Once just a pit stop to welcome Run for the Wall motorcyclists riding cross-country to salute veterans, today the annual Trail of Honor in Jackson, Miss., is a literal walking trail with accurate demonstrations of military life spanning 250 years.

The Trail of Honor marks all major military events in American history starting with the French and Indian War to the current operations in Afghanistan. The event, held May 17–18 this year, provides insight into what our military men and women endured–and endure–while serving.

The trail, which is located behind the Harley Davidson of Jackson at 3509 Interstate 55 South, gives attendees the chance to meet veterans eager to share their stories. Also along the trail, which is free, more than 300 living historians re-enact events of each war, clad in the uniforms depicting that era. Military equipment also will be displayed.

The Run for the Wall motorcycle ride arrives in Jackson on May 19 with about 700 riders who are traveling across the nation to Washington, D.C., for Memorial Day activities. Once they reach Vicksburg, Miss., they are escorted to Jackson by military helicopters and are greeted by cannon and mortar salutes along the way.

Riders typically arrive in Jackson at 11 a.m. and depart at about 2 p.m. on the way to Meridian, Miss.

For details, including shuttle stop info, call (601) 372-5770 or visit



Hollywood’s bright lights reach to central Arkansas

An engaging exhibit at the Old State House Museum in Little Rock is aiming the spotlight at Arkansas to show how the road to Hollywood runs directly through the Natural State.

Arkansas’s rich and varied history in film is the subject of “Lights! Camera! Arkansas!,” an exhibit that examines the state’s ties to Hollywood in movies and television. Highlighting films with Arkansas connections, the exhibit includes more than 800 artifacts from the museum’s permanent collection and objects loaned by other museums, film companies, actors, and writers.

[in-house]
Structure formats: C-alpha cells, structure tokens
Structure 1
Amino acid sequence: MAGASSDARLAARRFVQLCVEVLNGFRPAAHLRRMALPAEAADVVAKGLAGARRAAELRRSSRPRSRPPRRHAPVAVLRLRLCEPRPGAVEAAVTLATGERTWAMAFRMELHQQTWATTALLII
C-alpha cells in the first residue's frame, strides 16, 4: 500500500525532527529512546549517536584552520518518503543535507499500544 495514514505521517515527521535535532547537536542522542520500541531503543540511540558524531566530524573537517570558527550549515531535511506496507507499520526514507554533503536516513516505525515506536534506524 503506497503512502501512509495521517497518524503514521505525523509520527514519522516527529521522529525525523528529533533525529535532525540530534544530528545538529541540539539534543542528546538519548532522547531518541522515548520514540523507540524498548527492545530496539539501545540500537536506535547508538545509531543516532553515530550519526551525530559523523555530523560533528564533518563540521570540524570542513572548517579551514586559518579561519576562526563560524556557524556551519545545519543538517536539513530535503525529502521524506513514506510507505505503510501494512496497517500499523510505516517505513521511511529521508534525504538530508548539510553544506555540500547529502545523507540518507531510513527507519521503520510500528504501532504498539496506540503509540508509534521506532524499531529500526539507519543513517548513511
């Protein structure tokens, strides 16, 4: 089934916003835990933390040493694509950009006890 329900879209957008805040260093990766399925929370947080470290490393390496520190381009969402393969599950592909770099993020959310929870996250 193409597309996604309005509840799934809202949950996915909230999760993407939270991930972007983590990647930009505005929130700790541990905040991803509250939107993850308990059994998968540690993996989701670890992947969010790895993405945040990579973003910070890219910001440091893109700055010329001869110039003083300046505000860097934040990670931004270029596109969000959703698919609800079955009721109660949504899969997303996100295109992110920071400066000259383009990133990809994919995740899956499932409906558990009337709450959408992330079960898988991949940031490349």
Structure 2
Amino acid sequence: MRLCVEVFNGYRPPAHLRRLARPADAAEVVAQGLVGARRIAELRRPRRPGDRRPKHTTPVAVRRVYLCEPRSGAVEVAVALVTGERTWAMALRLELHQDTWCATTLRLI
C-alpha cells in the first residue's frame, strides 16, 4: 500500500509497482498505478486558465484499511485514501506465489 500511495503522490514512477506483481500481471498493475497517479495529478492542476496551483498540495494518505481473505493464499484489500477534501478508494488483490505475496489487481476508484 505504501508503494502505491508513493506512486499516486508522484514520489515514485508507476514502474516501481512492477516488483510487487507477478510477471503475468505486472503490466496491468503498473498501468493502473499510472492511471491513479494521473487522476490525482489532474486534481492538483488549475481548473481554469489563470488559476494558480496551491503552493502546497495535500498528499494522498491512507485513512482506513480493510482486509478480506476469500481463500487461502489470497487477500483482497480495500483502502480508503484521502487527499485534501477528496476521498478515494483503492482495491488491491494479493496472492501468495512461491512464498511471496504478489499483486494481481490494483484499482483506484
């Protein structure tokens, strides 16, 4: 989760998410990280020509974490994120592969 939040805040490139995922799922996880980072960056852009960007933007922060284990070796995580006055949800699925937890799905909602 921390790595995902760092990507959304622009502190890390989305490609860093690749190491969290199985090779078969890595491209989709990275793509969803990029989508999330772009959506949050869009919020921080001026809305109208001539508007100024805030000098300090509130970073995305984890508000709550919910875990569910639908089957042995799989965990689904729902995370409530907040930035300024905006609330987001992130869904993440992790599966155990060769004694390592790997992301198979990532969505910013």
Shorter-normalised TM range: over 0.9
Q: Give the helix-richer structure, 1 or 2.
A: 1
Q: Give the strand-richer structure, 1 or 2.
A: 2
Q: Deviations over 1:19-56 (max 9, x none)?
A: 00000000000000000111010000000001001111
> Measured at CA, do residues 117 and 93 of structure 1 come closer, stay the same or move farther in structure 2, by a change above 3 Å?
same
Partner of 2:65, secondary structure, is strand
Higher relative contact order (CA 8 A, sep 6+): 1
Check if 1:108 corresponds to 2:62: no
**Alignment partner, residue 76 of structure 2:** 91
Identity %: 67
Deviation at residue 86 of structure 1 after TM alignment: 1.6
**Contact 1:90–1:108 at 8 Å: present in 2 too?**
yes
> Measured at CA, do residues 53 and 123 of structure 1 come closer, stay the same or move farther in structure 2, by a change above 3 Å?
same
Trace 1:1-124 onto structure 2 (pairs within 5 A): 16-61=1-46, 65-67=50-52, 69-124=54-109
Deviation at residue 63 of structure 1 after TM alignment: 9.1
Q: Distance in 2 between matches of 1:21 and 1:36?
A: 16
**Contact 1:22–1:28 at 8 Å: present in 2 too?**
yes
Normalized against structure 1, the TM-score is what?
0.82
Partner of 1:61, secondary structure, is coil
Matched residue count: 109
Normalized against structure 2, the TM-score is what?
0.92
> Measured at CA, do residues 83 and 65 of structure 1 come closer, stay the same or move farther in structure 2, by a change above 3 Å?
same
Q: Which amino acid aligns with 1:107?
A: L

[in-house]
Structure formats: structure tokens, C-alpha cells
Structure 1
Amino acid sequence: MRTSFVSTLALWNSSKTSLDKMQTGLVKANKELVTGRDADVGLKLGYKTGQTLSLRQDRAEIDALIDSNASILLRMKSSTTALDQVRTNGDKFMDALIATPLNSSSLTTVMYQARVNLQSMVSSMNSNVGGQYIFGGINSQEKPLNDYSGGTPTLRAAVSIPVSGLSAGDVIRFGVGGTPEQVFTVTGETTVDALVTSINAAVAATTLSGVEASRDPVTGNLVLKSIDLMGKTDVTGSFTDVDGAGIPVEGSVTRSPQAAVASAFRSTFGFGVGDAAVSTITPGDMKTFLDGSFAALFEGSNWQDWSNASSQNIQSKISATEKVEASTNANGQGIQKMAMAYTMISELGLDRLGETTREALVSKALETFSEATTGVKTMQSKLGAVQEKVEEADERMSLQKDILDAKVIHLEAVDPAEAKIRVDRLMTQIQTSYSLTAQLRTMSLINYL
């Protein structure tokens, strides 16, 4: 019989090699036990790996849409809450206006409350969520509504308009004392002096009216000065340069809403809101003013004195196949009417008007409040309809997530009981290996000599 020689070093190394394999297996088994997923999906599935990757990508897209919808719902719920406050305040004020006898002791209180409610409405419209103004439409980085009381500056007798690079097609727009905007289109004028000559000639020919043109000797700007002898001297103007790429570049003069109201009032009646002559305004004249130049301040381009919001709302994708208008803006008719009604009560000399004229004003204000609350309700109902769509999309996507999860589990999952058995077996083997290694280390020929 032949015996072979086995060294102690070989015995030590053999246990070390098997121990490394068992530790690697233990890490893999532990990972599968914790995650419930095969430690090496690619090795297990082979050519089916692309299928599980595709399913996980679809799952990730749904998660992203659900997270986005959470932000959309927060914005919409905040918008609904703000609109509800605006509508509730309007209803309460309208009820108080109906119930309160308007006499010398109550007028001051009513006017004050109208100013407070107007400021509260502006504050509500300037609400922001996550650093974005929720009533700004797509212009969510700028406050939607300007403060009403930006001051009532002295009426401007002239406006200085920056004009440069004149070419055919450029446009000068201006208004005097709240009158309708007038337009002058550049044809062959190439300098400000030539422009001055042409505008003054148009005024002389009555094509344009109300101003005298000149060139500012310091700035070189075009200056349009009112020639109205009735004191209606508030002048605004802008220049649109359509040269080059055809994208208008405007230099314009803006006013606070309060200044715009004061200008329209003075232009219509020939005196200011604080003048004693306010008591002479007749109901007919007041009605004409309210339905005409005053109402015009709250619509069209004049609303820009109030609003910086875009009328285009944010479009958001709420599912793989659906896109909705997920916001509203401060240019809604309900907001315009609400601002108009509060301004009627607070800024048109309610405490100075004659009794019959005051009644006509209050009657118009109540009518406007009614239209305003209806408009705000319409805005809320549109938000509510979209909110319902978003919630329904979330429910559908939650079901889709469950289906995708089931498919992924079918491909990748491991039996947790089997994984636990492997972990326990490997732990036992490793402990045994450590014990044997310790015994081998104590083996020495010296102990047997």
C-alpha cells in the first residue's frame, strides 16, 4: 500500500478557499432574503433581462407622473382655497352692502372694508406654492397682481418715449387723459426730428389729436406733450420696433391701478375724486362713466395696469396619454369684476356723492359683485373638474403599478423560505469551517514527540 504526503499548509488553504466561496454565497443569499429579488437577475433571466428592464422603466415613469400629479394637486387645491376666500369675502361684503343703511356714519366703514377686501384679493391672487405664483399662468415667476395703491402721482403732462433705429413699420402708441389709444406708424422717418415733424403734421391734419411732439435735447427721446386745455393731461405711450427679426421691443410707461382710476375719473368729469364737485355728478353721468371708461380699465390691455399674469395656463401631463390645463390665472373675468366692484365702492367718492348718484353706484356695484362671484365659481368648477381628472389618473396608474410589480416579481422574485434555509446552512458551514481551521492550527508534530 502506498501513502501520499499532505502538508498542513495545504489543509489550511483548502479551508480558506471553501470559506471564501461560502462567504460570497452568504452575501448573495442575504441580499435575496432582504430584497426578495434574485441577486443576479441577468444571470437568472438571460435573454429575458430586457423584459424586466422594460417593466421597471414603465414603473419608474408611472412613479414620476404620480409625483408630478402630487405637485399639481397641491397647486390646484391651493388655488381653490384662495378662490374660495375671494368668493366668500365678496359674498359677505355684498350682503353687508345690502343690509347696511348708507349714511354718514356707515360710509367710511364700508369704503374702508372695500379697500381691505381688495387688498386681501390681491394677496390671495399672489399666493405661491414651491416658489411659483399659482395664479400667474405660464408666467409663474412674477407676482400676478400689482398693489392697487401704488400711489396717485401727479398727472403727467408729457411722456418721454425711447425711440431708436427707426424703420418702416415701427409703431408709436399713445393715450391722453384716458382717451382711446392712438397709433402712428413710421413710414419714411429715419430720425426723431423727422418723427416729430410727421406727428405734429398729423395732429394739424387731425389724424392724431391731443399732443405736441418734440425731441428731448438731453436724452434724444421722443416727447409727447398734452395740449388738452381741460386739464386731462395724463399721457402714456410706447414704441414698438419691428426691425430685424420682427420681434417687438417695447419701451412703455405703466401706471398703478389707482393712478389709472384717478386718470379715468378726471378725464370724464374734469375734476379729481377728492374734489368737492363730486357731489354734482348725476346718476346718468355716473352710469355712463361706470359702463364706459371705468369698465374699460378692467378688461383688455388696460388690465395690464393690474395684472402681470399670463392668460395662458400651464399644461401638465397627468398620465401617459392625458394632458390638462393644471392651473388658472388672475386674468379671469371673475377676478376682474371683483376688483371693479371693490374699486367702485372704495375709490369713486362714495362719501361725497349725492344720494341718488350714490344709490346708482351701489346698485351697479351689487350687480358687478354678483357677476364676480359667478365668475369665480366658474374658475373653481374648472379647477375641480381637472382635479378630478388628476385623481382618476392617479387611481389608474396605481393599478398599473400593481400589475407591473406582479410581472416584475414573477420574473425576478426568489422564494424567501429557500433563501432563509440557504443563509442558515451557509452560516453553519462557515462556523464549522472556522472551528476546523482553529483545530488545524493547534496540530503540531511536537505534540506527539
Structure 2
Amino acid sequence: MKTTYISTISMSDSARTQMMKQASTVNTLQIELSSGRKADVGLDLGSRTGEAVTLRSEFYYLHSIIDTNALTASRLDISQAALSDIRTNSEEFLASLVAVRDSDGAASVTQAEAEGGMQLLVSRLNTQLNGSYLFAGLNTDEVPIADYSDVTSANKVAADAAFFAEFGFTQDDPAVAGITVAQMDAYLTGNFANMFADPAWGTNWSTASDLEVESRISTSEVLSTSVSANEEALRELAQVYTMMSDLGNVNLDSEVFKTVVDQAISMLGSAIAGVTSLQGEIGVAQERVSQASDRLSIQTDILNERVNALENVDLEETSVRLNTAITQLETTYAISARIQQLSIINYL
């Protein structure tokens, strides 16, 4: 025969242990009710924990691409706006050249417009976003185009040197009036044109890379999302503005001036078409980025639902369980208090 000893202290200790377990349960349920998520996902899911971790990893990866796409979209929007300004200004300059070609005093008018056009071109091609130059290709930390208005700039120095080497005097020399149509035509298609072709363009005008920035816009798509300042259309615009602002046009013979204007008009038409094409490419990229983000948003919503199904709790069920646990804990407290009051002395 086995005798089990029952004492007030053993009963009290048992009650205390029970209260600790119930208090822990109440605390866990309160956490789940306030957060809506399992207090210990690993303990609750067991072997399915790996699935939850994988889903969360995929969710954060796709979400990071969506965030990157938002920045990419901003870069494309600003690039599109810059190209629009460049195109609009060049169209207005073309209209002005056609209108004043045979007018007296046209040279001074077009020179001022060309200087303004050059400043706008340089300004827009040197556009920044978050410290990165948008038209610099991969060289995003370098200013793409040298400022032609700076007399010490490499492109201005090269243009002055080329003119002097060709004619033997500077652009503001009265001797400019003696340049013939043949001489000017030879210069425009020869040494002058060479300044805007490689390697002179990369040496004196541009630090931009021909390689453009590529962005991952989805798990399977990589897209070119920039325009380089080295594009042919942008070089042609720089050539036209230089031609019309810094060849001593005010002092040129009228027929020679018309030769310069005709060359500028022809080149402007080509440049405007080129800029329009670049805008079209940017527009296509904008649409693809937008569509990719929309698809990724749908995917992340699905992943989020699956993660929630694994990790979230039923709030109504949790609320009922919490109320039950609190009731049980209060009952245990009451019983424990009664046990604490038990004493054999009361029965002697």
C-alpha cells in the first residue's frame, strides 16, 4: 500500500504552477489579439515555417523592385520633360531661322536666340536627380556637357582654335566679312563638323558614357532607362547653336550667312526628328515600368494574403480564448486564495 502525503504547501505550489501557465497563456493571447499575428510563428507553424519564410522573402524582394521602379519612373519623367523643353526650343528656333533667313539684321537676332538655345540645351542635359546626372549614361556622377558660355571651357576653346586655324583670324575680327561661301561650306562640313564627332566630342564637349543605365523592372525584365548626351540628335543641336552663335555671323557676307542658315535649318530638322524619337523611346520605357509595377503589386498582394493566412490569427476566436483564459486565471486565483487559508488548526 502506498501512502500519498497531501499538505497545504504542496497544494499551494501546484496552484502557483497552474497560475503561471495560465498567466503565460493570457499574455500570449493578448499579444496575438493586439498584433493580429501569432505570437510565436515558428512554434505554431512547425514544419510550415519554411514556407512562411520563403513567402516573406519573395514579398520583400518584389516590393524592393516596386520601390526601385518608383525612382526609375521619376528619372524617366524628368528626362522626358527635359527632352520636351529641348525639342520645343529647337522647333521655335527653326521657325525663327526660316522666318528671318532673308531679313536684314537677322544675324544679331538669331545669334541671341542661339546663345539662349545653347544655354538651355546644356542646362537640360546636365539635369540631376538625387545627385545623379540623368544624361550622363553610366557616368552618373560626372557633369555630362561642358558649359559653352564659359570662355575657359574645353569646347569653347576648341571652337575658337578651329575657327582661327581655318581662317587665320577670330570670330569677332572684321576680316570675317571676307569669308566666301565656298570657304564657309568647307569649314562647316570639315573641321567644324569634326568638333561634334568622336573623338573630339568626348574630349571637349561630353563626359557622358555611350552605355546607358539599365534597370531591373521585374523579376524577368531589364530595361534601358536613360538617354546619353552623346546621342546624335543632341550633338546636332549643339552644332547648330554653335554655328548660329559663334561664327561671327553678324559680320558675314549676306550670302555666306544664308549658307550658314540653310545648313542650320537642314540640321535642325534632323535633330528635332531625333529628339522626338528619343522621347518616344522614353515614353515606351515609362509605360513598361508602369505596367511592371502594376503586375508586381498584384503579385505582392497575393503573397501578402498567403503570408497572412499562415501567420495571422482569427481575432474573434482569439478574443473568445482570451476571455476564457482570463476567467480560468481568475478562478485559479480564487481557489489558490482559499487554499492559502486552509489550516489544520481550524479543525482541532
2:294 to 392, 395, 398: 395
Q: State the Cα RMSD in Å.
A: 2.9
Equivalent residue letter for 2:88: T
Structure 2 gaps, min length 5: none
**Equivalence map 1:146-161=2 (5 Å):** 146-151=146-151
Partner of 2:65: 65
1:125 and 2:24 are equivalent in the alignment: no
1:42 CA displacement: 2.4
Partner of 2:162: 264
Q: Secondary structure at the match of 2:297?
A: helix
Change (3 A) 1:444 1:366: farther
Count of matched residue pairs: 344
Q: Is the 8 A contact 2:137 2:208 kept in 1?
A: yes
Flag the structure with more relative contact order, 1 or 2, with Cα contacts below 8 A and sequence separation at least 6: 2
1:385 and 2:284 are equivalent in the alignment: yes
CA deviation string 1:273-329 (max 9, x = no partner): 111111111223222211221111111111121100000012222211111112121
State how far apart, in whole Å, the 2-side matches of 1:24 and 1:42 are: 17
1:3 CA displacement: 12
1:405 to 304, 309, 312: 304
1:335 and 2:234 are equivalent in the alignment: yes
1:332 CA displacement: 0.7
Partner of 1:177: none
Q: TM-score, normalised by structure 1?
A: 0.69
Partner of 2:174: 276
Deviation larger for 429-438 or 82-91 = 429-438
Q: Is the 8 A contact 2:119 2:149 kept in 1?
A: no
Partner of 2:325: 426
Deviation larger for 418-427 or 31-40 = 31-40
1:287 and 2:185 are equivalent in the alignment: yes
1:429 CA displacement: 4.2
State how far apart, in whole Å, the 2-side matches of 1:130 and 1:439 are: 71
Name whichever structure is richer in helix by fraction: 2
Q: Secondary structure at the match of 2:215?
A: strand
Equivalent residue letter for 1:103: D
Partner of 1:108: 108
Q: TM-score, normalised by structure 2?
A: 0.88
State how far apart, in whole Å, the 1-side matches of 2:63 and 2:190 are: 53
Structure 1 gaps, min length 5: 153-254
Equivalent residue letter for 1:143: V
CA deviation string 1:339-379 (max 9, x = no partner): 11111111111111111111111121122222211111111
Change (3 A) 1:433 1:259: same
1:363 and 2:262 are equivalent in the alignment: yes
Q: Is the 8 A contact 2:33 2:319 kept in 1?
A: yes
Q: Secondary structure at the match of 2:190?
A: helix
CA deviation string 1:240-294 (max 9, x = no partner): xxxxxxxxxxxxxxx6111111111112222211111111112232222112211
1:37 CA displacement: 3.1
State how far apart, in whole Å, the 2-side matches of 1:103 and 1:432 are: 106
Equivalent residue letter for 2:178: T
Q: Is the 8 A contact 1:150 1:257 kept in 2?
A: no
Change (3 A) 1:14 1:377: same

On view through February 2015, the exhibit includes five galleries of costumes, scripts, film footage, artwork, photos, theater posters, and props. In addition, documentary videos will help visitors appreciate the state’s role in American film.

Located at 300 W. Markham, the museum is open 9 a.m.–5 p.m. Monday through Saturday and 1–5 p.m. on Sunday. Admission is free.

Call (501) 324-9685 for more details, or click on

A curator preparing an exhibit about the Creature from the Black Lagoon, which starred Julie Adams, who spent her formative years in Arkansas. Old State House Museum photo


Louisiana festival pays tribute to tomatoes

Summer in New Orleans doesn’t officially begin until the arrival of the first Creole tomato, and then only after a two-day celebration with music, parades, and beaucoup food dishes featuring that delicious sign of the season.

The French Market Creole Tomato Festival, this year June 7 and 8, is a celebration of more than just a tomato, but of Louisiana’s people, culture, and cuisine. Originally imported from the West Indies, the Creole tomato thrives in south Louisiana and has become an integral ingredient in local dishes that have made New Orleans famous.

For more than 25 years, the free festival has drawn visitors to the French Market in the lower French Quarter. Open 10 a.m. to 7 p.m. each day, the festival features cooking demonstrations, tomato-eating contests, tomato sample stations, live music, and fresh Creole tomatoes for sale.

Also, 20 food booths will offer succulent tomato dishes of all kinds, from crabmeat-stuffed tomatoes to thin fried catfish topped with sautéed shrimp and Creole tomato sauce.

Children’s activities will occur in an area known as Dutch Alley, a corridor that includes New Orleans Jazz National Historical Park, which is indoors and air-conditioned. There will be crafts, mini golf, dance lessons, and more.

For details, call (504) 522-2621 or visit

Visitors can enjoy tomato dishes at the festival and purchase tomatoes to take home. French Market photo